Listen For the Spirit in Your Prayer

Kelli - prayerful jesus

It has been said that prayer is communication with God, a spiritual give and take session, a holy interchange between Lover and Beloved. Often that experience appears more one-sided on our part. We are prone to speak more than we listen. We may spend more time in prayer asking for what we need than discerning God’s will, rattling off our wish lists in the hope of getting God to do what we want rather than surrendering to His Spirit.

Prayer and Babbling

When we pray out loud we may wonder how others will accept the character of our public prayers. We generally dread silence and feel we need to fill our inner voids with spiritual noise so there is never any unholy “dead air” on the wavelengths between earth and heaven. We are very good at talking, but how good are we at listening – truly listening – to what God wants to say to us?

The Word of God tells us that we should be “quick to listen” and “slow to speak” (James 1:19). But for many Christians, it is just the opposite. We would rather be heard than take the time to listen to God. We follow the worldly mindset that says the loudest or the most eloquent person gets the glory. There are those among us who speak their prayers more like pseudo-incantations than expressions of godly fervor. Oftentimes we use our prayers to explain ourselves to those around us, rather than to yield to the God who longs for us to be still and listen. Our hearts seem to be in the right place; but still, it is difficult for us. Perhaps we find solace in the sound of our own voices because we wonder how the God of the universe could ever take the time to share Himself with us.

Listen to the Still Small Voice of God

But there is a place in our hearts where we, like Elijah, must turn from the noise and struggle of our world and let our words give way to the still small voice of God. In the holy silence of His overwhelming whisper our needs and wants become unspoken as we allow them to be transformed by the One who inhabits our open praise and our awestruck wonder. In order to rediscover this place, we must accept that the best of our words are only like the bleating of sheep before the all-powerful and all-knowing Shepherd.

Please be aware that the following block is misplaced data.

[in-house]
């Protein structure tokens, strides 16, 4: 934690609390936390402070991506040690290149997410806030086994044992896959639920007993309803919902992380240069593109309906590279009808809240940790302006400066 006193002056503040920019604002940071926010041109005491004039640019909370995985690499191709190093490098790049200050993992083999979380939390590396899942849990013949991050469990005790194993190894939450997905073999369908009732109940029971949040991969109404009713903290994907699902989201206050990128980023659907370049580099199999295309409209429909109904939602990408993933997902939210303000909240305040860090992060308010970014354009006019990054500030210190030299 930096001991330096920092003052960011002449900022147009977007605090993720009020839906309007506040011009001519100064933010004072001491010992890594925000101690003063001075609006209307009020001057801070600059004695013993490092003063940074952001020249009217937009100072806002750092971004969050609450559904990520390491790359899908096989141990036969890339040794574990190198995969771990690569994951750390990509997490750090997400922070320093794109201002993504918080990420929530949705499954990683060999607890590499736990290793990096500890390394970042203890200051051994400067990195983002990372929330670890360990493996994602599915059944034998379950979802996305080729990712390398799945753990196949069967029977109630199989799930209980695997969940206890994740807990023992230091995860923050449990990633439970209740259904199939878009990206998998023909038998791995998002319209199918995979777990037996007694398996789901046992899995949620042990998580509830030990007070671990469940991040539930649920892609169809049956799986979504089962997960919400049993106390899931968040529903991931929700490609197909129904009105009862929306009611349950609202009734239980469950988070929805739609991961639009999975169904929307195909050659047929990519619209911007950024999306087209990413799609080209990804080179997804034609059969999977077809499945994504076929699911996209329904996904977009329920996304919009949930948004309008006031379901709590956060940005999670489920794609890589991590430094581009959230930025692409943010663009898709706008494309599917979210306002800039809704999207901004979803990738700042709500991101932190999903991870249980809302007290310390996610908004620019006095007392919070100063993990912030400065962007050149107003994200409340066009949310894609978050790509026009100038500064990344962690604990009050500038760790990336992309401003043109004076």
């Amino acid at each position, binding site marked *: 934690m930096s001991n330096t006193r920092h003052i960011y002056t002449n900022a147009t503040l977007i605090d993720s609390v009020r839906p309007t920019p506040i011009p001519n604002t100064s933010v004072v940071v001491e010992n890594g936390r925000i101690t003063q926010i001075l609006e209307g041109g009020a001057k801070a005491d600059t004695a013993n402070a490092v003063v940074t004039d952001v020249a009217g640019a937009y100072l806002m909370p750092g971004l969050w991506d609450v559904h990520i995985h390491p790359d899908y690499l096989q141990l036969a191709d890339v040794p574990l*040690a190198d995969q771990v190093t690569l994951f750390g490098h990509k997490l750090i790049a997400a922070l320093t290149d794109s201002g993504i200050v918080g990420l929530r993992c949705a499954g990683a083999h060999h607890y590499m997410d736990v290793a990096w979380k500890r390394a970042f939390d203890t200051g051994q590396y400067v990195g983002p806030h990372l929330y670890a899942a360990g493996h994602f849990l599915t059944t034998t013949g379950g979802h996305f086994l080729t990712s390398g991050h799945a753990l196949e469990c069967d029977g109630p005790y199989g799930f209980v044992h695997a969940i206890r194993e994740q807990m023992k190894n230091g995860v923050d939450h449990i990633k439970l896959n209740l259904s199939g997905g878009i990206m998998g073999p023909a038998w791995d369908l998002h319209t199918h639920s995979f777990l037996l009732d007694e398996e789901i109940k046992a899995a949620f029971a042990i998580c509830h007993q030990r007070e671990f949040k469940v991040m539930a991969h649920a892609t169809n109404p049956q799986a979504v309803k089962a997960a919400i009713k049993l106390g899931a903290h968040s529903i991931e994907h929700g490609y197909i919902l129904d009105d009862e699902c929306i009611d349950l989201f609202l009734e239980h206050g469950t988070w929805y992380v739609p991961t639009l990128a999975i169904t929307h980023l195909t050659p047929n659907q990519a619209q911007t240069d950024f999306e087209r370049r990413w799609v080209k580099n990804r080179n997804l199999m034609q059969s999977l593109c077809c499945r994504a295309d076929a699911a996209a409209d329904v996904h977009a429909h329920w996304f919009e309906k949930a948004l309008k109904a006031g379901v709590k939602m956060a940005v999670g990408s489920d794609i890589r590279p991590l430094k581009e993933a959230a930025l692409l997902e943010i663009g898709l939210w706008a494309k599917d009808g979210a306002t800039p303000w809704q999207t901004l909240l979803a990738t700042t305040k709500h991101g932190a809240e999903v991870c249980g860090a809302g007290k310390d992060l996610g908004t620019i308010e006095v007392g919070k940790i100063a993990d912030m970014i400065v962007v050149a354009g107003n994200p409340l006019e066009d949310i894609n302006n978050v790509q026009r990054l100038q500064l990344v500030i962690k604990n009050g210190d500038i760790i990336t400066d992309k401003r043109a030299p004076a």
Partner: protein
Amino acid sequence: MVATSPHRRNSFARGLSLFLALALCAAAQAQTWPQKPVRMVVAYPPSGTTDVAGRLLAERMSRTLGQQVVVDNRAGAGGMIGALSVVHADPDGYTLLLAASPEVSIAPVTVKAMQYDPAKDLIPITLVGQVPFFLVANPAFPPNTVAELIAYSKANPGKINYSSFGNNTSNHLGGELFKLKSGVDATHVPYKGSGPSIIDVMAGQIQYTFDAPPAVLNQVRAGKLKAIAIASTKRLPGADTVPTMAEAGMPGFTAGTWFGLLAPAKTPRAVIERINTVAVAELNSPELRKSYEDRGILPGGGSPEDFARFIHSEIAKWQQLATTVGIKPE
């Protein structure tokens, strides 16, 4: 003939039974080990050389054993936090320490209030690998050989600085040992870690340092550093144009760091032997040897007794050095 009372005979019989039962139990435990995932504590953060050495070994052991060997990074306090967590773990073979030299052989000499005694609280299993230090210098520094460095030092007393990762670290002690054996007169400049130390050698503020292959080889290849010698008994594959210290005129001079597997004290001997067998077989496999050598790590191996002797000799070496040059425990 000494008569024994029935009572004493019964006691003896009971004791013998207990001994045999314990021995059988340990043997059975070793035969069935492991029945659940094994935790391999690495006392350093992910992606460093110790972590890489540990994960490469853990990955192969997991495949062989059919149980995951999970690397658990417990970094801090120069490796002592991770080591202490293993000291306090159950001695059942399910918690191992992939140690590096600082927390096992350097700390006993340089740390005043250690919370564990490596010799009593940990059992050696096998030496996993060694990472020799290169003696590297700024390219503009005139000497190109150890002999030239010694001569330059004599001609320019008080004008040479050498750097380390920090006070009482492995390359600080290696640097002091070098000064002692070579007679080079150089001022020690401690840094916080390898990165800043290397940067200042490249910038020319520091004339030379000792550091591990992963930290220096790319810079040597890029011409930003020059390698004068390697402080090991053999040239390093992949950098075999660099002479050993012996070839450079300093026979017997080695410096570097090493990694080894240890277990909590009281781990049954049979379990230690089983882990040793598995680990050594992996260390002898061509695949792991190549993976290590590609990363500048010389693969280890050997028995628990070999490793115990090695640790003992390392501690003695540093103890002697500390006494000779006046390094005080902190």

There is an amusing scene from the 1984 movie Mass Appeal (Jack Lemmon, Željko Ivanek) that illustrates this point quite well. In one scene, Father Farley, a parish priest, and Mark Dolson, his new, young deacon, are consoling a woman who recently lost her mother. Mark listens to Father Farley offering a lot of positive-sounding comfort: the woman’s mother was in her 80s; she would never have wanted to suffer; look at what so-and-so’s mother had to go through for two years; and so on. Mark sits with the woman’s grieving daughter and feels helpless to say or do anything for someone he has just met. After their time with the women, Father Farley asks Mark why he was so quiet. Mark replies that he doesn’t like to say anything when he is offering consolation because he is afraid that anything he says will sound stupid. Father Farley, with deadly seriousness, replies:

But that’s the whole idea! Consolation should sound stupid! That way, a person in grief can realize how inconsolable their grief is. Now, inconsolable grief puts a person in a very exalted position; and that’s how most people get through tragedies. Now it’s your responsibility as a priest to raise common grief to the level of the inconsolable, by saying something inane! (Mass Appeal, Universal Pictures, 1984)

“Be Still and Know”

As funny as this may sound, there is a kernel of truth behind Father Farley’s advice. We often think so highly of our words that we come to believe that they alone have the power to console, heal, inspire, and build up. But this is not so. Real prayer can only come when we learn to listen with open hearts to God.

How do we accomplish this? There are several powerful messages in the psalms that can speak to what listening to God truly means. The first is “Be still and know that I am God” (Psalm 46:10). The entire psalm illustrates so well the inner battle between crying out to God and settling our minds to hear Him speak.

The psalm strikes a beautiful balance between facing the struggles of living in a broken world and resting in the peace of God’s eternal presence. The chaos of the rushing waters and the quaking earth give way to glad streams and a rock-solid resting place. The mighty voice of God speaks clearly through the devastation and destruction, dissolving the earth into nothing; and yet we find peace in the fortress of the Almighty. The wars of mankind will come to an end when the final word of God is spoken in the last days. The pain of the past, the worries of today, and the uncertainty of the future all will find rest in humanity’s endless exaltation of the Lord. Knowing this great truth enables us to become caught up in the ever-flowing stream that is God’s great love.

Deep Calls to Deep: God Searches and Satisfies

Our second message comes from Psalm 42:7: “Deep calls to deep in the roar of your waterfalls; all your waves and breakers have swept over me.” This is the psalm that begins with the image of a deer panting for streams of water. It is the cry of a downcast soul, one who longs for the presence of the Lord in a place where he feels forgotten.